It’s been a while since I’ve written here, so I hope you’re doing ok. I don’t know about you, but I can only manage to take things a day (sometimes a week) at a time. It feels impossible to think further ahead. And looking back at things that happened a week ago feel like a month ago. Time is a strange beast these days.
I’m sure we’re feeling the same way – frustrated at how little progress has been made at slowing COVID, wondering when we’ll see certain friends and family again, hoping things will go back to normal.
I’m still in New York City, where Gavin and I have been since March 13 when everything came to a halt. But things have gotten better here since then. We’re no longer “shelter-in-place.” We can see other people again, we can go on long walks, I can get that Starbucks cold brew I’ve so dearly missed. The biggest change is that we must wear a mask at all times outside of the house. It’s fine if you’re outdoors, seated and away from others, in a park if you take off your mask for a bit. And it seems that mostly everyone is following the rules. NYC positive cases and hospitalizations are going down. Things are feeling better. But I work in theater, and Gavin works in film. We have no idea when theaters and movie theaters will truly be back in a functioning, operational way. It may take a long time. But we’re both very fortunate to still be employed. Still hopeful.
In possibly one of the most baffling pieces of recent communication, a distant family member recently told me that “the city I love” was “destroyed.” I don’t agree with that at all. New York is facing a tough time. That’s undeniable. But its people are resilient and have proven time and again that the city will be reborn from the ashes (this time, figuratively). Several hundred thousand people apparently left the city to quarantine elsewhere, and some might not come back. If you’re reading this and you live outside of New York, I just need you to know this one hard fact: New York will rebuild itself. It always has.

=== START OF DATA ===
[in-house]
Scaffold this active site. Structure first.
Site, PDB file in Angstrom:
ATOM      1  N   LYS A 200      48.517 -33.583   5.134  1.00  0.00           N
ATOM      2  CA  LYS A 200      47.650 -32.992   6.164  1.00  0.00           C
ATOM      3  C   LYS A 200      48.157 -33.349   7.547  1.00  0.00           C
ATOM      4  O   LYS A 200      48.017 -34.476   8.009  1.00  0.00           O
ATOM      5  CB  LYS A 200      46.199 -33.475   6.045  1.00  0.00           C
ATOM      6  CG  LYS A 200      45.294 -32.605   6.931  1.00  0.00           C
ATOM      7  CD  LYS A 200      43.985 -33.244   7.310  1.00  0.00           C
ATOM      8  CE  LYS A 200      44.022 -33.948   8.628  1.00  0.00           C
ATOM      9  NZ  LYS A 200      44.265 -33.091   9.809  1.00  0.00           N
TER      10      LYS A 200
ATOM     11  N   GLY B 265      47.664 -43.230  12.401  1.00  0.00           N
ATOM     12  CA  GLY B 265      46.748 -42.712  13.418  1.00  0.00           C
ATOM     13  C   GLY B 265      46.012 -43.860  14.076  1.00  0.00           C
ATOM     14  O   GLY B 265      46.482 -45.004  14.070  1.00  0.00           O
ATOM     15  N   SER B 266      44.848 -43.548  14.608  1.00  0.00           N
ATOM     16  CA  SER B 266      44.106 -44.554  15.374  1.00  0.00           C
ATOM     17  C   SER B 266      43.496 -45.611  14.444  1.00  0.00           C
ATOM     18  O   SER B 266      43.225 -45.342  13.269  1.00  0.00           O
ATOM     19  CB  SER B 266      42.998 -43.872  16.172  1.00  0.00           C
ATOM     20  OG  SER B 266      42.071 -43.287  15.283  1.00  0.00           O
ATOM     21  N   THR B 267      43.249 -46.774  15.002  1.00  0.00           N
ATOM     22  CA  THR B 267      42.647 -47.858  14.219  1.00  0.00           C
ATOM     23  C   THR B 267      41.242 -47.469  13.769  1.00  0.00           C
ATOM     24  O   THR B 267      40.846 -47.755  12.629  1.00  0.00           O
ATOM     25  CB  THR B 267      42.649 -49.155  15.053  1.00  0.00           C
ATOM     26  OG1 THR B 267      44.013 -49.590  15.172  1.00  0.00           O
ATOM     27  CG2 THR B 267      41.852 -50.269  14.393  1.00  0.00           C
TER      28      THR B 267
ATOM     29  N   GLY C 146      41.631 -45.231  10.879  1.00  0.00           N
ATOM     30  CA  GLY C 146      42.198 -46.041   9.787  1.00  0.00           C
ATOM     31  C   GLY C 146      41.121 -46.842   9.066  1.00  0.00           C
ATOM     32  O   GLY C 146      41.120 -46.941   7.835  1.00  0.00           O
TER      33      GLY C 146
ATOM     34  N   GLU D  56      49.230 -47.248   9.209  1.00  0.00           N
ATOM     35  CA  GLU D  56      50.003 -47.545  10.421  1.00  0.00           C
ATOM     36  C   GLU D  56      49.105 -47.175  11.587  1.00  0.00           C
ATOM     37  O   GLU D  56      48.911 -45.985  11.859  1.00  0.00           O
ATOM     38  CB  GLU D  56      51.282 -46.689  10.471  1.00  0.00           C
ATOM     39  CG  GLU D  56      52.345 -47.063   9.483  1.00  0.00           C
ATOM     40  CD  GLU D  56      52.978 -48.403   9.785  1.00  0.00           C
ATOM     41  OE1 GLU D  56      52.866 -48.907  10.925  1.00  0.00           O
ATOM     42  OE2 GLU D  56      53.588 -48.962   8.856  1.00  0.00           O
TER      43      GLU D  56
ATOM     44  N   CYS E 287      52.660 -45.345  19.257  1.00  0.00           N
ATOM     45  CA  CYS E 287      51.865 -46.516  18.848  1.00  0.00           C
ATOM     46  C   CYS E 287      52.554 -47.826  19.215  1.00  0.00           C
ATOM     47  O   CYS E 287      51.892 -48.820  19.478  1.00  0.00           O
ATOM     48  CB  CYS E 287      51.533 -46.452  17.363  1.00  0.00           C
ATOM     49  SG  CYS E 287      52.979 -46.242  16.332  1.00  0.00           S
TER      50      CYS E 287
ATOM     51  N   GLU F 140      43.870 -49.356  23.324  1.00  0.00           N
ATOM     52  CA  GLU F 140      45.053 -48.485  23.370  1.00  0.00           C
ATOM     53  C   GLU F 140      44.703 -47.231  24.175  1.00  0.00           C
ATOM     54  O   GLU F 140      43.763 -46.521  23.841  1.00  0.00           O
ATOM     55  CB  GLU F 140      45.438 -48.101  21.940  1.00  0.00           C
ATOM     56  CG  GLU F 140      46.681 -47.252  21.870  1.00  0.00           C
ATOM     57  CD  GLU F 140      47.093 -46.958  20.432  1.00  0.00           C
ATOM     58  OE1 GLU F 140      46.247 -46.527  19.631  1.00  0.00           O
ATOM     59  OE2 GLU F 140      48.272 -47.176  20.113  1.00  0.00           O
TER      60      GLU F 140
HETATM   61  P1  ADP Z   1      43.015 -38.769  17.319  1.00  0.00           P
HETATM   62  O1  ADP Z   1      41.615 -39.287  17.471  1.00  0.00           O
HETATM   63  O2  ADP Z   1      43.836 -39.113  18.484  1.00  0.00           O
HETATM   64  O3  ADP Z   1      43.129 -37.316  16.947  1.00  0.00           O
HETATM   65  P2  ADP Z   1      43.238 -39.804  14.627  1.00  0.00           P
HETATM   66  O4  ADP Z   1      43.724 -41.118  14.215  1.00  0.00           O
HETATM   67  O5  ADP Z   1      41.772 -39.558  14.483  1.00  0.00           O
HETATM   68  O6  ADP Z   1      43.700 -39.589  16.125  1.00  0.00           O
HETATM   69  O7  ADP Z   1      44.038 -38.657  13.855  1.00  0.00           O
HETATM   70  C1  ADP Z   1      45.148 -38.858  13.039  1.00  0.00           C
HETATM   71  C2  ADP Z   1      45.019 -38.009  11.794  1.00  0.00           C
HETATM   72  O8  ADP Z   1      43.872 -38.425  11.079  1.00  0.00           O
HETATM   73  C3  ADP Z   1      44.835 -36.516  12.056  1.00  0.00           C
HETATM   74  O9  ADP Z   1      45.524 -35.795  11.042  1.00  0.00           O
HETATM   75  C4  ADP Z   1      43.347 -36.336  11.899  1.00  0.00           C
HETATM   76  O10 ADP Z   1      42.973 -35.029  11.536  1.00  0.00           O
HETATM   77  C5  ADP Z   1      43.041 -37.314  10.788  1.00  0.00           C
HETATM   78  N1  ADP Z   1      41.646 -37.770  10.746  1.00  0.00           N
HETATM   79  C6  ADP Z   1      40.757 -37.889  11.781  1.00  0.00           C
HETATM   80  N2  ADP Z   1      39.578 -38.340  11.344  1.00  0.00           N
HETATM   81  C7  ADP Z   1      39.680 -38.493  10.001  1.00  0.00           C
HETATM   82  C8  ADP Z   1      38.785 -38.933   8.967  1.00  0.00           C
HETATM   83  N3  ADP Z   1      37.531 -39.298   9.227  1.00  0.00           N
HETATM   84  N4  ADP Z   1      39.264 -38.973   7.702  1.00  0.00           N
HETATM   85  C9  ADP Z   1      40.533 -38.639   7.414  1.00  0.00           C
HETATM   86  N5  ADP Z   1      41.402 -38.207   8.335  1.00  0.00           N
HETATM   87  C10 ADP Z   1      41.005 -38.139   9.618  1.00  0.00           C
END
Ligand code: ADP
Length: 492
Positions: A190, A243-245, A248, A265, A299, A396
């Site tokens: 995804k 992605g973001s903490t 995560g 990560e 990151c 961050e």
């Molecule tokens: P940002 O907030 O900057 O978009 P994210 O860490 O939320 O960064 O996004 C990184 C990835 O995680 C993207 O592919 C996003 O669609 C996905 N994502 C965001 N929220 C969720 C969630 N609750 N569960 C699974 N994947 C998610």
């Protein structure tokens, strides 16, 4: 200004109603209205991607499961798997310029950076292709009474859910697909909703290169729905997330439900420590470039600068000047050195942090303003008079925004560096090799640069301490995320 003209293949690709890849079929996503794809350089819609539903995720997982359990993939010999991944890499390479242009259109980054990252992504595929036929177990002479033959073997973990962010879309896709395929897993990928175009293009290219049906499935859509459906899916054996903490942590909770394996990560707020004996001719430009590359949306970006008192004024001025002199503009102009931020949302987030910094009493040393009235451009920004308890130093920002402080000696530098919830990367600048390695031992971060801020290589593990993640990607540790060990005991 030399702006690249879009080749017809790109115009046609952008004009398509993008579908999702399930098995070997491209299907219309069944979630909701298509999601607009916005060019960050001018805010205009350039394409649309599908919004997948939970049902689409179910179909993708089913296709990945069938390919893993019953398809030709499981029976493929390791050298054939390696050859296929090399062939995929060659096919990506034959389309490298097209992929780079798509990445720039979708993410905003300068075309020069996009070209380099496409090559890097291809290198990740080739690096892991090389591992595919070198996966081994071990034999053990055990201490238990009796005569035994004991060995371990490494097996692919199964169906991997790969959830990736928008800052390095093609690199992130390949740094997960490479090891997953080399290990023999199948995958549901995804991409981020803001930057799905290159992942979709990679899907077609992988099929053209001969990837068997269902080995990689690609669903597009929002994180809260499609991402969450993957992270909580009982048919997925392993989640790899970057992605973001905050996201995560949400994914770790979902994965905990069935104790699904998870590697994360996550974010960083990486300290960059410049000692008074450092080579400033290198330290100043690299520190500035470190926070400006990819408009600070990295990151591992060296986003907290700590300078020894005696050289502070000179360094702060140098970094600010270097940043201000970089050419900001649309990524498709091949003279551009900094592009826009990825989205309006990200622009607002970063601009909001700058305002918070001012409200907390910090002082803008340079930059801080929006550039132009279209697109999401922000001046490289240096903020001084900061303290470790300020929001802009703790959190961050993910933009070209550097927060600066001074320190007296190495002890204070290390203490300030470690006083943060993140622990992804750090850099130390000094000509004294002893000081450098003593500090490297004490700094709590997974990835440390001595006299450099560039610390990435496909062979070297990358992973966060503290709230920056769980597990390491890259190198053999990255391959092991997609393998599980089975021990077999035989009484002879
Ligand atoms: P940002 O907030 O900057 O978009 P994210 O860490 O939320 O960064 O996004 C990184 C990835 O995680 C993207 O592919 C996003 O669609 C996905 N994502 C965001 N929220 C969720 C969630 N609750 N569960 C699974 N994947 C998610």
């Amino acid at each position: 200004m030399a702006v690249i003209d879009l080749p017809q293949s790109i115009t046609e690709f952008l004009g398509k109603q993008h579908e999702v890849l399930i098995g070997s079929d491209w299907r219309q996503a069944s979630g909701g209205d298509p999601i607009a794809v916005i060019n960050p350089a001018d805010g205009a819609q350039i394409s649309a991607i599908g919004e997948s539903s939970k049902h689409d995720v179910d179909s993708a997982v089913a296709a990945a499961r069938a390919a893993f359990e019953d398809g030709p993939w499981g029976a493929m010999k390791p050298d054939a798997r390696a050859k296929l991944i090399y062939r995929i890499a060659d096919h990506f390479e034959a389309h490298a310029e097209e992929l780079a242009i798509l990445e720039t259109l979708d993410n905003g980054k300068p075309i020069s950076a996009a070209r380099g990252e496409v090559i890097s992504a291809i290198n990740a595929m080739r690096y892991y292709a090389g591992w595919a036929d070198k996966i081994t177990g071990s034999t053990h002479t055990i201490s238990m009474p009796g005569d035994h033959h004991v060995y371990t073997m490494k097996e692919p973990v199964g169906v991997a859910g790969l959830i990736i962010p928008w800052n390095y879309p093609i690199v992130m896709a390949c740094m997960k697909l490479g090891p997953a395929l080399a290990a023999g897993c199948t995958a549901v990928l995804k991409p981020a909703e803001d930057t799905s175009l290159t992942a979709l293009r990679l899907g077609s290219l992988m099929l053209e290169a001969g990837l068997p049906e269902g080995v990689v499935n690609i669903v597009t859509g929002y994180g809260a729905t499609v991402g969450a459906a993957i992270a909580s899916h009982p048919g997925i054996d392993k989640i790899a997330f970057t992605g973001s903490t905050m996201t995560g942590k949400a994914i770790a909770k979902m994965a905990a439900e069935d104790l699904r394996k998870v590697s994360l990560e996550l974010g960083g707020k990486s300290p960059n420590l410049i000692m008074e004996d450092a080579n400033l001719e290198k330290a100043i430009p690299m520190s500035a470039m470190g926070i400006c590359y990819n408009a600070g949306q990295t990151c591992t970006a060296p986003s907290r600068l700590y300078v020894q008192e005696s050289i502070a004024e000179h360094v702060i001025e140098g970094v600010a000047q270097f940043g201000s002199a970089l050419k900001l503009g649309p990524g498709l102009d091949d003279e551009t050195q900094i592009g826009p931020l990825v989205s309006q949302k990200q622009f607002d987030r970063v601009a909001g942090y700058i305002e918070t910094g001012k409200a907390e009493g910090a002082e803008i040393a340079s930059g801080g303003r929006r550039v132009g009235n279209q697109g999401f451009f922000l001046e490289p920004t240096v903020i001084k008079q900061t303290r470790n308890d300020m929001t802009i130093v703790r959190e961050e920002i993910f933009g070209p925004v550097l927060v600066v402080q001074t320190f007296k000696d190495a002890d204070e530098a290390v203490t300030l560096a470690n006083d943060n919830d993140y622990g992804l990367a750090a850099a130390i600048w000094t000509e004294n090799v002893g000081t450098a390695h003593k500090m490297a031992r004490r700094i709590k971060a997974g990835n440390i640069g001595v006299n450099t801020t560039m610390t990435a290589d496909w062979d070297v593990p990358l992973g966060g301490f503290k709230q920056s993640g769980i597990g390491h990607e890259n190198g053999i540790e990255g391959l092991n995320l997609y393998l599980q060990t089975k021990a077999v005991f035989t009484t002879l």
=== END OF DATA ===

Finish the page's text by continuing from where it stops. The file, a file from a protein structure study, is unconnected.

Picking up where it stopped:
Here are a few articles that bring me comfort when I question why I’ve stayed:
- This one is really great – Jerry Seinfeld: So You Think New York Is ‘Dead’ (New York Times)
- From earlier this year – The Rich Fled New York. Don’t Be Like Them. (The Atlantic)
- Too relevant to my distant family member’s statement – Obviously, New York Is a Fiery Landscape of Crime, Anarchy, and Misery (New York)
- For anyone who likes music – New York Philharmonic Restarts the Music With a Pickup Truck (New York Times)
- A 3-Minute Video Tribute to NYC – Spike Lee’s short film NEW YORK NEW YORK
A truth of the matter is that I’m desperate for things to go back to “normal.” I miss regular Sunday brunches with friends. Catching a matinee, grabbing dinner, and then heading back to the theater to see an evening show. I miss lazily wandering around on summer Fridays with no plans but stopping to get a gelato and maybe browse at a bookstore. And then head to see a new movie in those reclining lounge chairs with a giant bucket of popcorn. I miss seeing my coworkers every day (although, our group chats have made the days easier). I oddly miss my commute! I miss reading a book on the train, and then looking up to realize that someone else is reading the same book. I miss the musician that would play his guitar on my train 2 days out of every week on my way to work. I miss being able to hop on a plane and see my family. I miss my family.
…But I would also love to live in a new normal. One that we’re starting to get a glimpse of. People have demanded change, accountability, and action. Inaction is no longer acceptable. We can no longer tolerate silence. To be silent is to be complicit. We’ve seen some change already at my own place of work (which I’m super excited about!), and I’m thrilled to see room being made at the table.
Also… if you find yourself not understanding someone else’s suffering and cries for change (or worse – you’re denying their experience), do some reflection and think about what they’re going through. Read a damn book by a BIPOC author. Listen to a podcast. Ask someone why they feel a certain way and just listen. And if, after some reflection and self-education, you still don’t understand what they’re going through: just keep your mouth shut! So simple. And get off of Facebook (truly). Especially if you’re of a certain age, posting spammy links and actual fake news. In the words of Michael Jordan:
This truly was a stream of consciousness. But I’m mostly just here to say that I’m getting through it, and I hope you are too. Be kind to others.
And, again, just be kind.